China's official view of military power in the Pacific
The country's defense agency has issued a whitepaper on the military dynamic in the region, which says that things there are becoming more volatile. And they probably are. The really good question is who has a 20-year or 50-year view of what could happen in the Pacific region. The Chinese government, being a self-perpetuating organization centered on one political party and one power structure, is likely to be more capable of taking a long-term view of power and other dynamics in the region. The democratic process in the US means that long-term planning isn't rewarded. But that makes it no less necessary.
Iowa's new Congressional map
The state has lost a seat in Congress, and the first proposal for a new set of Congressional districts looks about as logical as a map of the sort could look. It's pretty much the state divided up into roughly-even quarters. The missing element to the plan (and it's not supposed to be part of the plan, but the state will need it anyway) is the plan to ensure the state's economic and political viability over the next decade -- and, even better, over the next 25 to 50.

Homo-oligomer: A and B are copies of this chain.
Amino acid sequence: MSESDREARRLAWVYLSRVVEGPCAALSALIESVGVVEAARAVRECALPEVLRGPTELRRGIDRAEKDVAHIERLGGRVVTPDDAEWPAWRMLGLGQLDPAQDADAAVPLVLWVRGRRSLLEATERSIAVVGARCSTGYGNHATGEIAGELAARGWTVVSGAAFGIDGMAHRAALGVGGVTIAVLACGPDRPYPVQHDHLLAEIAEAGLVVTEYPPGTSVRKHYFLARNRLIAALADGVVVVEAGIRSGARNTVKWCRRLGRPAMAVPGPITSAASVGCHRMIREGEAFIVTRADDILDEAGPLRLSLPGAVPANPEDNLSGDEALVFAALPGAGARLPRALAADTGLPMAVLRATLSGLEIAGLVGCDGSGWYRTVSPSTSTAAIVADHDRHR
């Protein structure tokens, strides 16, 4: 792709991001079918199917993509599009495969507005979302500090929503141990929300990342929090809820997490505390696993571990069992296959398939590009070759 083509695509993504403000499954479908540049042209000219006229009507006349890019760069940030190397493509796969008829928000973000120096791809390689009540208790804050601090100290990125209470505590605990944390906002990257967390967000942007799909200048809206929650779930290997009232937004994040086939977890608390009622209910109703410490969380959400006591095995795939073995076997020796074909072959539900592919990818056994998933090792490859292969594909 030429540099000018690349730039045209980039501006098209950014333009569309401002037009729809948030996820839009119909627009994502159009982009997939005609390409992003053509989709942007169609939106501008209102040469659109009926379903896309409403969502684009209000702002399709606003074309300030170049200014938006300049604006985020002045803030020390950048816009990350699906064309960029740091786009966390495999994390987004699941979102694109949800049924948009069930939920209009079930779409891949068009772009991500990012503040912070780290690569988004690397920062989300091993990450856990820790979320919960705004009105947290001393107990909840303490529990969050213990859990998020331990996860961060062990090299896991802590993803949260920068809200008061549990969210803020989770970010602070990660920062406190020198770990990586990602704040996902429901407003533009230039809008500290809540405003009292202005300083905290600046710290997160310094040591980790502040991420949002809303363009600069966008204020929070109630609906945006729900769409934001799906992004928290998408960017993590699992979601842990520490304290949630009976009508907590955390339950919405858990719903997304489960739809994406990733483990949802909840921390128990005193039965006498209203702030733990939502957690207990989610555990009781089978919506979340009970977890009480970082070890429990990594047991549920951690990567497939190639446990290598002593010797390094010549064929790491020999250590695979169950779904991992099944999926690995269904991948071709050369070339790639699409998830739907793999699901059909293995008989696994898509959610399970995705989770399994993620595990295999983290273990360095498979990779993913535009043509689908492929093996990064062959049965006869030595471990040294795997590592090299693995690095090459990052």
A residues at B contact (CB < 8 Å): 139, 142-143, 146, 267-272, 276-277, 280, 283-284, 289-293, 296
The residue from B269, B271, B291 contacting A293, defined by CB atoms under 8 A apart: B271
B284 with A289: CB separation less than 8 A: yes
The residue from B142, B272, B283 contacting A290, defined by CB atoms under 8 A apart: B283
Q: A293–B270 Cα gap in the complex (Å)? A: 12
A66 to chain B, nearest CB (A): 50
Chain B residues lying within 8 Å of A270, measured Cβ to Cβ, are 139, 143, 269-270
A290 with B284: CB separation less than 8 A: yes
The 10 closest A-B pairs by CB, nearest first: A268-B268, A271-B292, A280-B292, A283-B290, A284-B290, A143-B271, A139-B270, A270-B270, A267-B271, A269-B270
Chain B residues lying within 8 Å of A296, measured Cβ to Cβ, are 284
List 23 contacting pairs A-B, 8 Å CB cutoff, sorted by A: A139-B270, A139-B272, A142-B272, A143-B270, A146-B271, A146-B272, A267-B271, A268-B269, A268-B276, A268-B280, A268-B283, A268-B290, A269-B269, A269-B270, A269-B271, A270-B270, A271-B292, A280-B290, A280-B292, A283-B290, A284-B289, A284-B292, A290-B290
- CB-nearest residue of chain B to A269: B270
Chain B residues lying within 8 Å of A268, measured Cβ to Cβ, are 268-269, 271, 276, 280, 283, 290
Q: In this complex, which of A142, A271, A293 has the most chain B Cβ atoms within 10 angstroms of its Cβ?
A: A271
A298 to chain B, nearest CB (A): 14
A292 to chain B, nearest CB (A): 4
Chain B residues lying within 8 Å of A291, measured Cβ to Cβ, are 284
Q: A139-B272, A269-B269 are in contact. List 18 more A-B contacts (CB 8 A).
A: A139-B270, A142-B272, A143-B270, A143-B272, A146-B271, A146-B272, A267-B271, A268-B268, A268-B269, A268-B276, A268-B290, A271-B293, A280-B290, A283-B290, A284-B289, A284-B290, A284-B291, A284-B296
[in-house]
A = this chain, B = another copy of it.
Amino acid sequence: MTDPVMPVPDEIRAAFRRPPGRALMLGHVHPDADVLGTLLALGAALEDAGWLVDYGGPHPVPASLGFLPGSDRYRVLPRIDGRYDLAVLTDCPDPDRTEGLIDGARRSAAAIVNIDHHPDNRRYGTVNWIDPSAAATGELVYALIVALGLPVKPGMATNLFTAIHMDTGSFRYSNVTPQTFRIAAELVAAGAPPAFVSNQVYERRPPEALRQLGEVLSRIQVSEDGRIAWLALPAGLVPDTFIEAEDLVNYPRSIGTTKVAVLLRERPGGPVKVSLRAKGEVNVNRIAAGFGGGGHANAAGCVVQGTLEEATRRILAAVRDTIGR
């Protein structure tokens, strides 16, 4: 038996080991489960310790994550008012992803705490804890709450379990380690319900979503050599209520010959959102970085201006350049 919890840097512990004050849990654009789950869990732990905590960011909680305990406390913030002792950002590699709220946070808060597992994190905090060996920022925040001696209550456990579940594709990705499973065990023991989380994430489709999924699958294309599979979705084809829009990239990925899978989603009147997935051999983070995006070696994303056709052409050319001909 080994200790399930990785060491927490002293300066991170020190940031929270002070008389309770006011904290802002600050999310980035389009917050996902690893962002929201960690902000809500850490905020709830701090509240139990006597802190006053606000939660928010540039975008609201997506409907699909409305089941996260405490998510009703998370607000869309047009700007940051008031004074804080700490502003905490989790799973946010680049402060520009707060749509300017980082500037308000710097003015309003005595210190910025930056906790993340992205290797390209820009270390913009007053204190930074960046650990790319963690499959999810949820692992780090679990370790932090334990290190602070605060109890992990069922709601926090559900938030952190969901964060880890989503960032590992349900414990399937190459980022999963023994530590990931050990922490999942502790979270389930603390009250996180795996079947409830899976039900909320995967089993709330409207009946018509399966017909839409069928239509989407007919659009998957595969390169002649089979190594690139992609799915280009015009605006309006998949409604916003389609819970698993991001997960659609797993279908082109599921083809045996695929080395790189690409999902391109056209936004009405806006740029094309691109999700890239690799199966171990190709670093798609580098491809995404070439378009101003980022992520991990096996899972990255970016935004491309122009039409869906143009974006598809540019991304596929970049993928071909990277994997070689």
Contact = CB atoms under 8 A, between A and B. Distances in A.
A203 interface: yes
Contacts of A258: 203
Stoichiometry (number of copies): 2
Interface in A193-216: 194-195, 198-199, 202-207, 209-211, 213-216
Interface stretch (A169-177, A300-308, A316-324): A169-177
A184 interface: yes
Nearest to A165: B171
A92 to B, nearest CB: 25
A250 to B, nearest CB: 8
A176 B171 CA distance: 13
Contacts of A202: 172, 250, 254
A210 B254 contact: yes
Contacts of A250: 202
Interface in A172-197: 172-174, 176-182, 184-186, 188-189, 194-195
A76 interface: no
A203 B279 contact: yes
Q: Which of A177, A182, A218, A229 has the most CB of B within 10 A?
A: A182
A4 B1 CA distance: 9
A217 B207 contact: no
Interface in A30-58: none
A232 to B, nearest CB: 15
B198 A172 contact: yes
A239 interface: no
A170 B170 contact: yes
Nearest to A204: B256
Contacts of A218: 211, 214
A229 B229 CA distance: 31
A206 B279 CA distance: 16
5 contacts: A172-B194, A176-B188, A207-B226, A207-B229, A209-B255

Just in case you thought the world was starting to make sense...
...Kevin Spacey just hosted an 80th birthday celebration in honor of Mikhail Gorbachev. One of the Spice Girls was there. Um...OK?
Cargill is going to use a sailboat to move grain
Actually, it's going to be a kite-powered ship. Because what's old is new again.
The FBI's new biometrics ID program is now at "initial operating capacity"
Watching cameras and computers gallop through biometric identities is fine for Hollywood thrillers, but the perpetual surveillance to which we are becoming accustomed is not healthy for a vibrant civil society
Pride doesn't always belong on a tattoo
In fact, it usually doesn't. But it really doesn't belong in a tattoo of a father's Hooters-employed daughters. In their company garb. Eww.